Russell, you’re cutting them way too much slack in according them title “experts.” Maybe a better description is loud-mouthed idiots with an agenda.

  5. Rocco
    October 30, 2013 at 12:52 pm #

    Oh, surprise surprise! You don’t want the government – who WERE elected! – to tell us all what to eat! WHY DO YOU LIBERTARIANS HATE FAT PEOPLE!!!!!!!!!!!!!!!7!!!!!!!!!7!!!!????????????

    I Haven’t read your disgusting article – and I dint INTEND TO! , but it makes me sick. People are DYING RIGHT NOW!!!!!!!7!!!7!!!!

    • Russell Taylor
      October 30, 2013 at 12:54 pm #

      Have a burger and calm down, Rocco

      • Rocco
        October 30, 2013 at 1:14 pm #

        You STUPID LIBRARIANS would love that wouldn’t You?

    • dr
      October 30, 2013 at 1:20 pm #

      Rocco, Is this you spending some time getting in touch with your statist side?

      • Rocco
        October 30, 2013 at 1:26 pm #

        No, man. My Caps Lock is playing up A BIT.
        😀

  6. Henshaw
    October 30, 2013 at 1:30 pm #

    Here’s a recent article in the LA Times asking to end the war on saturated fat.

  7. concretebunker
    October 30, 2013 at 6:01 pm #

    The problem is you cant have a ‘free’ NHS and a free choice of food.
    Who pays for the crane and sledgehammer wielding firemen who arrive to demolish your house to put you on the fat [ooh sorry meant bariatric] ambulance to take you to hospital?
    You’ll have to forgo the burger and eat lentils!

    • dr
      October 30, 2013 at 6:52 pm #

      With all due respect, since when has the NHS been “free”?
      Maybe it is if you are long term unemployed, but some people in the U.k. pay taxes.

      • Baron
        October 30, 2013 at 9:22 pm #

        But, dr, concretebunker’s right, Welfare, of which the NHS is a large part, is the problem. People know that the free-at-the-point-of-delivery service will step in, help if they get into trouble, spend unlimited resources to get them going again. If they had only themselves, their insurance (think of the premium for one with an unhealthy diet though), or their families to rely on, their behaviour would change dramatically.

        Over 100 years ago, one could buy hard drugs over the counter, everyone was much poorer, life much harder, but drug abuse minuscule compared to today. Why? No NHS, no Welfare.

  8. David
    October 30, 2013 at 6:57 pm #

    Rocco does a good turn – a dead ringer for the only type of people he must think could object to such sound reasoning.

    The problem is what do you do?

    There is no doubt that we now have an overabundance of food meeting an instinct honed over billions of years, to consume.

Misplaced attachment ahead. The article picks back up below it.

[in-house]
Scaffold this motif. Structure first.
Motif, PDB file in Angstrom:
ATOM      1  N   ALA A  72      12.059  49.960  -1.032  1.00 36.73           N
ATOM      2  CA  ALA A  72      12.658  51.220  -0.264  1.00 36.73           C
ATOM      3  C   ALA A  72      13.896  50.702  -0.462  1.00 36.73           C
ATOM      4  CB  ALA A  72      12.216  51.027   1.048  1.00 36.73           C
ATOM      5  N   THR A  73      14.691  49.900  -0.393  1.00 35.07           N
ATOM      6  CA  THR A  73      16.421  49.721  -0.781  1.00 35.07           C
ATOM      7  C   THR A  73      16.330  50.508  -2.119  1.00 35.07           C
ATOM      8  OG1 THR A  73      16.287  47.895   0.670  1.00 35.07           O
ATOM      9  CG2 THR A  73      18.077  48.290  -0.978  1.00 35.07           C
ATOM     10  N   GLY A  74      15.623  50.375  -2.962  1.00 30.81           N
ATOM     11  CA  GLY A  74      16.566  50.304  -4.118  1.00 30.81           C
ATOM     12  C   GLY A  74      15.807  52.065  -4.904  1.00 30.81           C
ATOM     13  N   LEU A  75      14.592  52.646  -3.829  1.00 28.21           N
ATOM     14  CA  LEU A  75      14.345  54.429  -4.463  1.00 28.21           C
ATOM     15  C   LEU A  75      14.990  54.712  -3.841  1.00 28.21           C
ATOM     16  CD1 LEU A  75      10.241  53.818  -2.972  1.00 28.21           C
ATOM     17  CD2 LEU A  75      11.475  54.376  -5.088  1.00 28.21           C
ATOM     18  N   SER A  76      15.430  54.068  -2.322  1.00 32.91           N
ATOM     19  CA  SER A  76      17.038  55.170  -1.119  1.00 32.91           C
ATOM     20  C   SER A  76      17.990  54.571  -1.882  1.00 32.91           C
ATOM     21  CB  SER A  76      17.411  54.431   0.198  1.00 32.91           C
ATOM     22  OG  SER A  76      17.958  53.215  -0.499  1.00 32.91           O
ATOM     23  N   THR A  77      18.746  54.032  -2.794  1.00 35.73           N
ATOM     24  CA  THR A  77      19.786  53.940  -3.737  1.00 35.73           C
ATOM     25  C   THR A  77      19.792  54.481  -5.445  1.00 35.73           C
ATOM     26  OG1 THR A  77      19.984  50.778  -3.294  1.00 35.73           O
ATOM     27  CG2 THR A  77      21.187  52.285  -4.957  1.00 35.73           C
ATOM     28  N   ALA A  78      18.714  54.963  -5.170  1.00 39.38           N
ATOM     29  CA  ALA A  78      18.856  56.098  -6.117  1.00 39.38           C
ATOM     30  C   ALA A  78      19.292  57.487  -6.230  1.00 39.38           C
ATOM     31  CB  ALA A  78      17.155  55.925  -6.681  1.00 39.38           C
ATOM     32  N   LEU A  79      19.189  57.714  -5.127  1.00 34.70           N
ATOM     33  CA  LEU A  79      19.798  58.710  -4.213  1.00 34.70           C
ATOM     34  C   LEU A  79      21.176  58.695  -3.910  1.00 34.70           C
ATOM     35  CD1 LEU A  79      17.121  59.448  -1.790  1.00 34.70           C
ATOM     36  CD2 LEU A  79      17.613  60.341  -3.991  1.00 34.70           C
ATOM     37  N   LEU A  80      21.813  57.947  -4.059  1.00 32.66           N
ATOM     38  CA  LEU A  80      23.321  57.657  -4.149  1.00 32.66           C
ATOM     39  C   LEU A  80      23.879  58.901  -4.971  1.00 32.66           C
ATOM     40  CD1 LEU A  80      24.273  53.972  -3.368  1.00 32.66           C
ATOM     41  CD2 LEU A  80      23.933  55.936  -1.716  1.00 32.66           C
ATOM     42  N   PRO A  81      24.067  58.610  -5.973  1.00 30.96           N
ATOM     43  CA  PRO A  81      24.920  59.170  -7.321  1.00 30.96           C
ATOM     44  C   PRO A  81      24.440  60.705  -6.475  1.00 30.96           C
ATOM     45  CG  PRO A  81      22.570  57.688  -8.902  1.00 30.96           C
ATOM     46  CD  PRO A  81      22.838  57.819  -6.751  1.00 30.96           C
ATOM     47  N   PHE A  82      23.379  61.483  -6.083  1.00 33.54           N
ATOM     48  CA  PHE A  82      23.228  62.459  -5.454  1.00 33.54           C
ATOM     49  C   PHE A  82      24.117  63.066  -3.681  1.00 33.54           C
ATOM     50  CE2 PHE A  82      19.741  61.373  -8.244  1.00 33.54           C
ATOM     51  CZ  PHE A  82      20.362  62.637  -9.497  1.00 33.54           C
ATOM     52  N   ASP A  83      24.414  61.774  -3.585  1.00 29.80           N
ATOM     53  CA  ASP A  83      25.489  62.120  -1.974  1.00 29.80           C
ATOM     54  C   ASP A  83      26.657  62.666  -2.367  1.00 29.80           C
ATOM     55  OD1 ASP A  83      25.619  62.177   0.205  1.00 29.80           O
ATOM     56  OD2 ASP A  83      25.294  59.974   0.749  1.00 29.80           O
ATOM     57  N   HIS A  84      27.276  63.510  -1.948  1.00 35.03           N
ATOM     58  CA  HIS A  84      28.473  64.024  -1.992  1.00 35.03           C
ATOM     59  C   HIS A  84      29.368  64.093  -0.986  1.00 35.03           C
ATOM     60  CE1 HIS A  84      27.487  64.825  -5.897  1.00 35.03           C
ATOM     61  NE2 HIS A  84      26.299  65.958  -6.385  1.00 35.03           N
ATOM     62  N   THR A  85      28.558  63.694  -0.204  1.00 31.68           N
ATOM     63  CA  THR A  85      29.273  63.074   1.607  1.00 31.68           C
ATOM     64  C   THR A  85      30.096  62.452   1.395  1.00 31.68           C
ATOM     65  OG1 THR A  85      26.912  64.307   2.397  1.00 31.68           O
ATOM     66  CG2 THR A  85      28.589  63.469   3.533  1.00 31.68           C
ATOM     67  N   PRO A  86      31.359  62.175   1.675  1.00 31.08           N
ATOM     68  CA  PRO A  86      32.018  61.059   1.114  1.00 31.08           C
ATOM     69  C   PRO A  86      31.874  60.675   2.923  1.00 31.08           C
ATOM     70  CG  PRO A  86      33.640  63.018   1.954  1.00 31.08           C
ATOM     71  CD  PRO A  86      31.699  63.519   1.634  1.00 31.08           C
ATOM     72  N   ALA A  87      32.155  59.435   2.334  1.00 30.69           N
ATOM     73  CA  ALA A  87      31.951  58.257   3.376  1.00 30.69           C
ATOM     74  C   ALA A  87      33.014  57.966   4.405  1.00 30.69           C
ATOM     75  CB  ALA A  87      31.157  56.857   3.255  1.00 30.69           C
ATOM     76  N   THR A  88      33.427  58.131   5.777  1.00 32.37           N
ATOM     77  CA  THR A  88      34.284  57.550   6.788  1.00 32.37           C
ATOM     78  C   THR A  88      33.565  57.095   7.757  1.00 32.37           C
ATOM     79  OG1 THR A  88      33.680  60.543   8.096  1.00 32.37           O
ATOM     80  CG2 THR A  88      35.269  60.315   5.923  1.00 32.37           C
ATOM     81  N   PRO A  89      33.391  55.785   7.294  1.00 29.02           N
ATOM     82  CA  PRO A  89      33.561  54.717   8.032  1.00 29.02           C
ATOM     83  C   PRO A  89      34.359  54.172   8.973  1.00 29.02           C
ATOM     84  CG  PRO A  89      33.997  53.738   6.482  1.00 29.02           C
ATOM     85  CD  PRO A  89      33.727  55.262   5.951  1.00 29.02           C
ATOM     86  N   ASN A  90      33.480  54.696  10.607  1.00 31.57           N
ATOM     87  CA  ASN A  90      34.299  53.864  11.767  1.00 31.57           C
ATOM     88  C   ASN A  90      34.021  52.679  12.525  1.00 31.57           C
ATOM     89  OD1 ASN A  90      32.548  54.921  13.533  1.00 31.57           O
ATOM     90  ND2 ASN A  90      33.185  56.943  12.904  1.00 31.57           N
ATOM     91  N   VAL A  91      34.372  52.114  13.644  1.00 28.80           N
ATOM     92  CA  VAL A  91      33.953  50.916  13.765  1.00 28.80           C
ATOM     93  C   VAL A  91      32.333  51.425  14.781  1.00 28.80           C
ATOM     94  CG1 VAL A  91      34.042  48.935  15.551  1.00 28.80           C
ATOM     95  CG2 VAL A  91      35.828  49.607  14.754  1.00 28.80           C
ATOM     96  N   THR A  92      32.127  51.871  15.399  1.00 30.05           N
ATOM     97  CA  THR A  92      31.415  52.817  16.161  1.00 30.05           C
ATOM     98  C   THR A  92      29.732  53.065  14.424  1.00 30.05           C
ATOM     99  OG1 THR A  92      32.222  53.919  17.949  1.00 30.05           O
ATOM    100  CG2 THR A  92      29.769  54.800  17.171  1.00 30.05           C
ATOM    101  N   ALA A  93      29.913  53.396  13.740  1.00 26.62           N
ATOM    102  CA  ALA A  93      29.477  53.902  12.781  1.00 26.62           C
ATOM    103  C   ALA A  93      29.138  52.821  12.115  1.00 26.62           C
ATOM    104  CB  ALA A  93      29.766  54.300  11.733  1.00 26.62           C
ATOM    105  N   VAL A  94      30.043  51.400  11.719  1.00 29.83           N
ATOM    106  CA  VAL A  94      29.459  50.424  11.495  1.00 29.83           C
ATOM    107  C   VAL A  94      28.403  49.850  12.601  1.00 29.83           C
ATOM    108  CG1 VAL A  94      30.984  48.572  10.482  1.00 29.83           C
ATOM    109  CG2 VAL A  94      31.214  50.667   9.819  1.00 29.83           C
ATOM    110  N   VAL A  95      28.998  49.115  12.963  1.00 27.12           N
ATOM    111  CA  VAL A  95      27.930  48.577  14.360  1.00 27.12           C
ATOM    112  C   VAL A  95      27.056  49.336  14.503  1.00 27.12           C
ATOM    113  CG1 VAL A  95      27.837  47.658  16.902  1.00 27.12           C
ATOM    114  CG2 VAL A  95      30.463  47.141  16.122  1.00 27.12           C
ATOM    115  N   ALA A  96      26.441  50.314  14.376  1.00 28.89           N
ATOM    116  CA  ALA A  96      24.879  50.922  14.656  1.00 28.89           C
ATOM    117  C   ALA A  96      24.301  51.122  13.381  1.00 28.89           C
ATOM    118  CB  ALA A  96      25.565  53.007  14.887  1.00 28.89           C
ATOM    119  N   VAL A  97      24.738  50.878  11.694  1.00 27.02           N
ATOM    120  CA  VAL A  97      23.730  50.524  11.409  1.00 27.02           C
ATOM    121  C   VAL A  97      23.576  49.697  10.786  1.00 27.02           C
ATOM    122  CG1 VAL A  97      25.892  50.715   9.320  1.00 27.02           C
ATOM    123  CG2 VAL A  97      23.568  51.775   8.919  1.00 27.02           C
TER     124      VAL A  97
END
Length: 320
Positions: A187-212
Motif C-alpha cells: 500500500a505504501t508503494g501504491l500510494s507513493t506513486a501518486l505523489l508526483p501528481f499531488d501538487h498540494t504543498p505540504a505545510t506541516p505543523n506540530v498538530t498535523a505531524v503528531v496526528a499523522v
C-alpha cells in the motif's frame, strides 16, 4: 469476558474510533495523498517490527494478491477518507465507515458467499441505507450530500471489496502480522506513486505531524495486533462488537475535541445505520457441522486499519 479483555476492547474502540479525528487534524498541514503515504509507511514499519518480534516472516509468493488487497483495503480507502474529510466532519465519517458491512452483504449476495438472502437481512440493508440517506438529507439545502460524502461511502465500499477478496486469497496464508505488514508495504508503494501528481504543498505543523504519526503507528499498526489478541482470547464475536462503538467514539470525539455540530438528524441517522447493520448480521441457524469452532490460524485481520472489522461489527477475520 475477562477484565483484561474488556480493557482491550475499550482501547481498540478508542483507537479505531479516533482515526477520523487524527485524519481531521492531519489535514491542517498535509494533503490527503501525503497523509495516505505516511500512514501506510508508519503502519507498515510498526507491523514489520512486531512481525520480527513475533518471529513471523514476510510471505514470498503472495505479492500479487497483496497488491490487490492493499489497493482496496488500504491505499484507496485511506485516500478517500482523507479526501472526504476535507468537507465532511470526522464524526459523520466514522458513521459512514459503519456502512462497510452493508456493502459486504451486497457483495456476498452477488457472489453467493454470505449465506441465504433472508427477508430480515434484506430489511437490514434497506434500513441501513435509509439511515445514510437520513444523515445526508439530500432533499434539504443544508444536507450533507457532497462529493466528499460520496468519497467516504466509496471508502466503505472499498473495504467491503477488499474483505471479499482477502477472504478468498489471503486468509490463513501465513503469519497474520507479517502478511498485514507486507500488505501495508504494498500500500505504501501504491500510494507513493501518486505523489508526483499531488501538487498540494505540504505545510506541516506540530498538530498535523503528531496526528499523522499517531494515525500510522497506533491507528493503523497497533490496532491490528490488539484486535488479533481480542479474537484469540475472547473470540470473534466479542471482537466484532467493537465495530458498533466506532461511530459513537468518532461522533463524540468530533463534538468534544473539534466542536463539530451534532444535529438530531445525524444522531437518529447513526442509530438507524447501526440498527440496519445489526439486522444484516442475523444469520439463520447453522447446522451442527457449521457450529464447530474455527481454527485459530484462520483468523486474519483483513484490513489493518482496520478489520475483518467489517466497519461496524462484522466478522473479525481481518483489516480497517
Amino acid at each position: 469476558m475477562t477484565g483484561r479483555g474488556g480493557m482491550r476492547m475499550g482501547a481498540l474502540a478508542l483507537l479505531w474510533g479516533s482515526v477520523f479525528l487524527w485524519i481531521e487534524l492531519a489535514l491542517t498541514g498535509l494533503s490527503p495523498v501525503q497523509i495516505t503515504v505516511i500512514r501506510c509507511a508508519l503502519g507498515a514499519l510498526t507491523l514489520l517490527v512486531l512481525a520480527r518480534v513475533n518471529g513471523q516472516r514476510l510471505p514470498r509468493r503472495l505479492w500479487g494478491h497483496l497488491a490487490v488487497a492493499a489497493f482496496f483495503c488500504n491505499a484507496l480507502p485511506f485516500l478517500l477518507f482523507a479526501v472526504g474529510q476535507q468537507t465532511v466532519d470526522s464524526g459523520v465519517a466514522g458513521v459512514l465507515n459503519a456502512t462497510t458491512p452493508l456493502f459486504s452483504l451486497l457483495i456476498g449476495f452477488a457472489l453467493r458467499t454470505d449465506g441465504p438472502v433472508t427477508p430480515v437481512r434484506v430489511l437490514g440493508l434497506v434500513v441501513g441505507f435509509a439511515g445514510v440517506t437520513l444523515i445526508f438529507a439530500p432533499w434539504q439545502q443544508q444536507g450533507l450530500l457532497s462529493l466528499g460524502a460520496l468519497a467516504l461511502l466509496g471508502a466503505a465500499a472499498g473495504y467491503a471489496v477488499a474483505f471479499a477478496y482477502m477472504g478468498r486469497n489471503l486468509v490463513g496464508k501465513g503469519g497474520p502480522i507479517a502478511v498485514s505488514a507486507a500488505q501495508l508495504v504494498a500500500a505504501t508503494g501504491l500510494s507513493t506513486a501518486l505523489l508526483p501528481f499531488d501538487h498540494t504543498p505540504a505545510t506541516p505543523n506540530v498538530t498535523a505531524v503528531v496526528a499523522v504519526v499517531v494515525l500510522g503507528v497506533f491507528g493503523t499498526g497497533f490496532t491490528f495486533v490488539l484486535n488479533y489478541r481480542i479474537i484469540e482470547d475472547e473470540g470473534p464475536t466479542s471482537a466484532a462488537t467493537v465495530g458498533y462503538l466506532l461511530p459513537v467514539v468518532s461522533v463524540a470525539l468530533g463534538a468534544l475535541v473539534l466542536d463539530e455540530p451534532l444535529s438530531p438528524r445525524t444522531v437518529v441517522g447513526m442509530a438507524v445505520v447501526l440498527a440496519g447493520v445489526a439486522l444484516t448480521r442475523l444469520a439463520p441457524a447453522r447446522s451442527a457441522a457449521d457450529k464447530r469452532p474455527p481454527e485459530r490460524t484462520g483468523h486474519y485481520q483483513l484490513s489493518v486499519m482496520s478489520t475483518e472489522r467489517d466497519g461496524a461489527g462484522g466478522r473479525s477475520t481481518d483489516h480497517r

Putting blame aside – for sometimes children know not what they do – how should we stop people bloating?

    Is education responsible, or just more brainwashing?
    Is advising companies that profit via the sugar rush is unnecessary these days- or – whoah – is that interference with ‘freedom?’

    I guess you could just pretend like smoking, there is no real problem, it was good for my grandad who lived to be 100, and besides doctors think they are so smart don’t they telling us what a waste of life is someone dying of a sticky tar covered lung?

    Loud mouthed idiots with an agenda – apparently those are all the people with real concern about the detrimental and largely unforeseen consequences of us all being able now to eat like George the Fourth – not those again having a hissy fit because someone has the cheek to say, maybe we could do something?

    Nah lets not. Stuff em.

    • Rocco
      October 30, 2013 at 7:06 pm #

      WHY DO YOU LIBRARIANS HATE FAT PEOPLE!!!!!!!!!!!!!8!!!!!!!!!!!7!!7!!!!!!77777!!!!zzzzzz!!!!!!!!!!?

  9. The Austrian Way
    October 30, 2013 at 10:22 pm #

    Rocco – put the can of Stella down, finish your doner kebab and take yourself to bed. You’ve had plenty enough fun for one night… Marcus Prigstock tells me.

  10. Masked Rabbit
    October 30, 2013 at 11:13 pm #

    You are right, we must resist. How? The powers that be are using the full wieght of law and the machines of state to impose their will.

  11. Simon Roberts
    October 31, 2013 at 5:05 pm #

    At the risk of seeming a cynical old Hector, let’s have a quick look at the National Obesity Forum’s website: http://www.nationalobesityforum.org.uk/

    Hmm…a prominent reference to low calorie sweeteners on the front page. I’m sure this must be part of their campaign for the good of us all. What kind, caring people.

    But wait! What’s this? The latest funding details I could find (2009 – http://www.powerbase.info/index.php/National_Obesity_Forum#Funding) shows funding from Pharmaceutical companies who manufacture….low calorie sweeteners!

    It’s just a disgraceful scam, but people fall for this cap and the bastard politicians will no doubt listen and Do Something.